Over the past five years, Vis has grown his volume, going from $7 million in financed loans in 2009 to nearly $14 million in 2012.
"It's a team effort amongst the employees here, but also with the Realtors and non-profit groups around town that help with home-ownership counseling and different things," Vis said. "It takes a big team effort to get people to understand about home ownership. Everybody wants to own their own house and they want their own place, but they don't know the steps to get there."
Vis said gaining trust has been a key factor in the success he's had.
"Among all the different ethnic groups in Worthington, you build trust with one or two or three, and it just grows," he said. "It multiplies huge. I think I've had one individual that's come in that I did his own loan, and I think I've done eight loans for friends of his or co-workers of his. They trust him, and he trusts me to get it done."
His involvement within the diverse community was one of the reasons Raymo recommended Vis for the award.
"I think what attracted the attention to Mark was it had a lot to do with it's a huge volume number, but more importantly, it's what Mark experiences because of the diversity in our community," Raymo said. "The best example is a 12-year-old daughter coming in with her two parents and translating the entire transaction for her parents because neither one of them speak English. To realize Mark deals with that on a day-to-day basis and still does these kinds of numbers is an incredible achievement."
When Vis isn't working, he spends time with his family. He and his wife, Crystal, have three children, Brielle, Mia and Elia.
He also enjoys golfing, is the treasurer for a local Kiwanis Club and is on the school board for Worthington Christian School.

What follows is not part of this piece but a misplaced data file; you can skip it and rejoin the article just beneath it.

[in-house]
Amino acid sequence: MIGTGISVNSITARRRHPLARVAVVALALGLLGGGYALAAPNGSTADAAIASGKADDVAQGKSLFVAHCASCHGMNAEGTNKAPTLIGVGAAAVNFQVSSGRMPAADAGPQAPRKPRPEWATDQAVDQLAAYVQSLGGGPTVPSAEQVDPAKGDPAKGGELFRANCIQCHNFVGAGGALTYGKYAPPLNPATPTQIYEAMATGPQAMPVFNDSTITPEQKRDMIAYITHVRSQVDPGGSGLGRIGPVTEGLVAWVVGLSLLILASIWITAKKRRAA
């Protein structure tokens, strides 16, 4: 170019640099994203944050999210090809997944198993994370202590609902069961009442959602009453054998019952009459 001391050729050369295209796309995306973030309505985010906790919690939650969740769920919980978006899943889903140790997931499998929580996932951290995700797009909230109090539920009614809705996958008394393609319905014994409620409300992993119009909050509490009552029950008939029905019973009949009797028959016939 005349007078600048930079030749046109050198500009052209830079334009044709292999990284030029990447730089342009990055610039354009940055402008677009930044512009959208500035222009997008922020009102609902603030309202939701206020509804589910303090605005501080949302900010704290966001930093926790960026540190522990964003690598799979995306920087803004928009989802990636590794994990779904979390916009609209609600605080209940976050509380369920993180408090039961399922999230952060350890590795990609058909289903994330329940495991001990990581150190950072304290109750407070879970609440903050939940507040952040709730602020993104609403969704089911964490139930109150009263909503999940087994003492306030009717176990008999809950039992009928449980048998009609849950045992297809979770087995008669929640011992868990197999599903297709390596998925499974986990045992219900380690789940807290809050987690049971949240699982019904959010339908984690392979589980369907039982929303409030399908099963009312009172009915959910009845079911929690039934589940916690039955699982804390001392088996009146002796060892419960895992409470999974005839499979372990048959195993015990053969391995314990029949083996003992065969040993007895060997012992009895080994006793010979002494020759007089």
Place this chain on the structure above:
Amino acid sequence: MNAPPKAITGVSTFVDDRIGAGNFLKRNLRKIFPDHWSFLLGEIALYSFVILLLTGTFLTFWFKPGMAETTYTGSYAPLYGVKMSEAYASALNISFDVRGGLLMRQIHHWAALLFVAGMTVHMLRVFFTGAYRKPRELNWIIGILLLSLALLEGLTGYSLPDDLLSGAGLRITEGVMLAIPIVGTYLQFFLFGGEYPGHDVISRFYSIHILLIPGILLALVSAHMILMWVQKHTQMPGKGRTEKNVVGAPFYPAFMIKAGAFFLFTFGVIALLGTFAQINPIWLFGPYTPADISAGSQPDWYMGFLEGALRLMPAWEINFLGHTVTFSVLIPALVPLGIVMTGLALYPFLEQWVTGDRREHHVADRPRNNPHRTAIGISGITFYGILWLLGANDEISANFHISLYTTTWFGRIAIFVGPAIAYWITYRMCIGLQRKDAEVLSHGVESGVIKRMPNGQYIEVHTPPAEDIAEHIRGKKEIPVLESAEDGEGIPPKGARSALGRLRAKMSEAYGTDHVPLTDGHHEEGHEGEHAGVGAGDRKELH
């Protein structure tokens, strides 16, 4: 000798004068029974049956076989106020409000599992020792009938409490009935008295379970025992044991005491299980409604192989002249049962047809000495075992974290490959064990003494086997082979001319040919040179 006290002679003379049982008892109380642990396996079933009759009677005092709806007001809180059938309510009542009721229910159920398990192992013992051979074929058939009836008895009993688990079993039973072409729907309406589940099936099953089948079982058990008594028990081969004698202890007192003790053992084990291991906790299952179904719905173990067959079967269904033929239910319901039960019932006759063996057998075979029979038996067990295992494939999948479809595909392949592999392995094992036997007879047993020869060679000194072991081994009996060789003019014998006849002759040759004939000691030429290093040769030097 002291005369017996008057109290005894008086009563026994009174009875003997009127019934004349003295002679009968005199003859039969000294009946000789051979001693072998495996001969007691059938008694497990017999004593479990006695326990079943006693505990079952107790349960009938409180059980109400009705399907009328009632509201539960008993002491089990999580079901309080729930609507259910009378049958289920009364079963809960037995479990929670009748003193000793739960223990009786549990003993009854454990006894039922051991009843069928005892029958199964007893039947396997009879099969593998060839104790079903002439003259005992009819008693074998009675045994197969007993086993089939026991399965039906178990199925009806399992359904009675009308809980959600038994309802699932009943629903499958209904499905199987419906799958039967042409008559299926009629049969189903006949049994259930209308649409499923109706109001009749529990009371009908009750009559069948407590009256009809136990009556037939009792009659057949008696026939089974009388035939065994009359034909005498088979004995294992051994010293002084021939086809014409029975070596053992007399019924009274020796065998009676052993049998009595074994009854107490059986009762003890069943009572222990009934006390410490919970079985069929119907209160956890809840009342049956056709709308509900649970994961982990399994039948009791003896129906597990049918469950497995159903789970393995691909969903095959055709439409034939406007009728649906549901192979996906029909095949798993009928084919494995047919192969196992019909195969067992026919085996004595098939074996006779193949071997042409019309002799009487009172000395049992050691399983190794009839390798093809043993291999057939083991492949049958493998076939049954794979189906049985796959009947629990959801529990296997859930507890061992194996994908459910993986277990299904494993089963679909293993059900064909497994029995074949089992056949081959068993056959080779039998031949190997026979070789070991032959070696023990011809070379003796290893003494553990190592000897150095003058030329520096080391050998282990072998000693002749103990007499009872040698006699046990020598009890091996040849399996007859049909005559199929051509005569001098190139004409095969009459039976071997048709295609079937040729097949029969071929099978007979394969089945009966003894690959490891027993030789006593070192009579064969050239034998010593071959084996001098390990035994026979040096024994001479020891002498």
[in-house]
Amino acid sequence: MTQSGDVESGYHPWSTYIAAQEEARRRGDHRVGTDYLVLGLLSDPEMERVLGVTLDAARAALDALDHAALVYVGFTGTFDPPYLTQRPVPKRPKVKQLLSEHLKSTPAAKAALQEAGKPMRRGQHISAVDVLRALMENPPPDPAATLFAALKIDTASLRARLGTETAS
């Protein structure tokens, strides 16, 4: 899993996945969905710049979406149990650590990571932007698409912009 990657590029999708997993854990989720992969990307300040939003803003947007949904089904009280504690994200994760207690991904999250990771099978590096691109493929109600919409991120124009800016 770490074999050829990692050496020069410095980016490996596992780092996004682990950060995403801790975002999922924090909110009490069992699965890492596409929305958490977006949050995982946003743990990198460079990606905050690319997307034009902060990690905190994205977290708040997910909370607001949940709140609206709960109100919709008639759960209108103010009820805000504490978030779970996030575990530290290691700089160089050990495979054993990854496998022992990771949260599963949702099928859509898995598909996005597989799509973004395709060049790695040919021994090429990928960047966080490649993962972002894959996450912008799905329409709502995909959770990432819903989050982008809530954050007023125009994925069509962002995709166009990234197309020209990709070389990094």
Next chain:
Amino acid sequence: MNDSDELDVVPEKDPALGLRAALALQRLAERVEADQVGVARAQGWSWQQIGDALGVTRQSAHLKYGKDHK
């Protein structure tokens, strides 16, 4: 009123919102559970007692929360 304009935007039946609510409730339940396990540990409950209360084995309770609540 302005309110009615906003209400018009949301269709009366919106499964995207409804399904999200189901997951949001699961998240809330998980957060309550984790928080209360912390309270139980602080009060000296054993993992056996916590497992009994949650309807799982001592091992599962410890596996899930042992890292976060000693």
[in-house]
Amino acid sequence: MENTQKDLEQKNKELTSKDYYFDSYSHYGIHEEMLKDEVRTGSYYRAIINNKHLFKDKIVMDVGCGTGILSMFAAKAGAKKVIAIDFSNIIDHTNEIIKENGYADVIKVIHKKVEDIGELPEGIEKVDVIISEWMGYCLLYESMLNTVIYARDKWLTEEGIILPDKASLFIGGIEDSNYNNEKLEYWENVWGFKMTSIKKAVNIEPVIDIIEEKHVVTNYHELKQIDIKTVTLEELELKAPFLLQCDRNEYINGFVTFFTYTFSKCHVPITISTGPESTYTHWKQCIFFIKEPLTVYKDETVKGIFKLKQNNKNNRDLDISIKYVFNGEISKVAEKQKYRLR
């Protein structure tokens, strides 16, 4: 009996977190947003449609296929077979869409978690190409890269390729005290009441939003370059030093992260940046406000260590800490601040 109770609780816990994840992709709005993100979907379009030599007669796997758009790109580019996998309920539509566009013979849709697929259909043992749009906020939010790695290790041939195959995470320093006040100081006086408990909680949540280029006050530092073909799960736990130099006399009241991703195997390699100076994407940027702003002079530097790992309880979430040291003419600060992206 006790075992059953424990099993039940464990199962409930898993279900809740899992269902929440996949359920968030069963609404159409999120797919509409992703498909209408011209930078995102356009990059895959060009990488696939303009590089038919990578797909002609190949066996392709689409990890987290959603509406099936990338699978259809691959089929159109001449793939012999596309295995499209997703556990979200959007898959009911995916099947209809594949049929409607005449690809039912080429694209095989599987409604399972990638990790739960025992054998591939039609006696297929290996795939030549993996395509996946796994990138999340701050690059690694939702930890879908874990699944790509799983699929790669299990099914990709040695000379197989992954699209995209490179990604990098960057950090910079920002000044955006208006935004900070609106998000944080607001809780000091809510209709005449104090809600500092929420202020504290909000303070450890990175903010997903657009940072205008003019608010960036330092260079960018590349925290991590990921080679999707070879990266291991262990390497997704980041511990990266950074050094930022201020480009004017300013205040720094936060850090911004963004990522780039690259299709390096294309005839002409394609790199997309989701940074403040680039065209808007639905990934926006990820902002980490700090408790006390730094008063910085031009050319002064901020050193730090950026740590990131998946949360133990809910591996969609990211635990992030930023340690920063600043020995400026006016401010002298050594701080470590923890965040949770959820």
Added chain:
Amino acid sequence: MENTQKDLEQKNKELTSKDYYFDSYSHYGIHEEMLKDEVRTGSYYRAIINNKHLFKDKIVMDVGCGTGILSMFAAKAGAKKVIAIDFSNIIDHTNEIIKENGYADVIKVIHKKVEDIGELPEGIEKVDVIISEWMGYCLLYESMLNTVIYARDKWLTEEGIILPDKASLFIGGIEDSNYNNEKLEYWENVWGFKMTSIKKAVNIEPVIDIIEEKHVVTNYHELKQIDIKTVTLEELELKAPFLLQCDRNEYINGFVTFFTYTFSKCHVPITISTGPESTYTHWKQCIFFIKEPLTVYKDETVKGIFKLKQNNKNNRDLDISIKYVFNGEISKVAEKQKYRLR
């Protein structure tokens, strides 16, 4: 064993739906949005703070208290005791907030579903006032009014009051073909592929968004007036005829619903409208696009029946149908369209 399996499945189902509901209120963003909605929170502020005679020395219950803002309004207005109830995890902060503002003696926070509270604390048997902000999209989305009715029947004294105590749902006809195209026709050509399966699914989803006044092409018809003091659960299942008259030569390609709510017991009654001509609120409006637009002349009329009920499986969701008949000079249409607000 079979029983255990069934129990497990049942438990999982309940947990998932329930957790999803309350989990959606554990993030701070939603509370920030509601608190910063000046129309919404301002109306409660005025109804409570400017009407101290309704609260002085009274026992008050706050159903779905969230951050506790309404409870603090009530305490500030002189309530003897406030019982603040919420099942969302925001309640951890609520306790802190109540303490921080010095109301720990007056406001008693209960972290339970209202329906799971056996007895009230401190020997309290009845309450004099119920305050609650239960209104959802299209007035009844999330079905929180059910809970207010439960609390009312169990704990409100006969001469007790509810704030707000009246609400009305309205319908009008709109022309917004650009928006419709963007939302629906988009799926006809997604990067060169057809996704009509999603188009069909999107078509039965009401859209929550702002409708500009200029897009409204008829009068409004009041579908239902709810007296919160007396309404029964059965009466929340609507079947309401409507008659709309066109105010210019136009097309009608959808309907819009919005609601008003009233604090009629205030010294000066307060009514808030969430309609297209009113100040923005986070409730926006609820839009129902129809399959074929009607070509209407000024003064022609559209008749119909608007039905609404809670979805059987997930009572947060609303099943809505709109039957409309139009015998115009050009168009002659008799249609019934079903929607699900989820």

"Everybody getting involved helps bring business in the door, and we take care of them at that point," Vis said. "It's definitely a big team effort to get it all done."
Both Vis and Raymo give credit to Rossow.
"She brought a talent to the table that complemented his ability to produce," Raymo said. "The other lenders have watched that and realized how significant that assistant is to them. If they don't have a strong assistant, their production doesn't go up."
The most rewarding part of the job for Vis is handing over the keys for someone's new house.
"It's an exciting time," Vis said. "In real estate, you develop that relationship because you meet with them several times. Sometimes you're a counselor to get them to that point to be pre-approved. It's rewarding to get that end point, to hand them the keys and actually see the appreciation on their face. It's not an easy process sometimes, but the more challenging ones are even more rewarding."
Vis is again on pace for his best year yet, and has received other awards for his work in real estate lending.
"It's the relationships he's built with the Realtors in town," Raymo said. "That's really where it starts, and he's earned that. You can put in 80 hours a week, but if you don't get the referrals from the Realtors working with you, that's a huge piece of you."
Daily Globe Community Content Coordinator Aaron Hagen may be reached at 376-7323.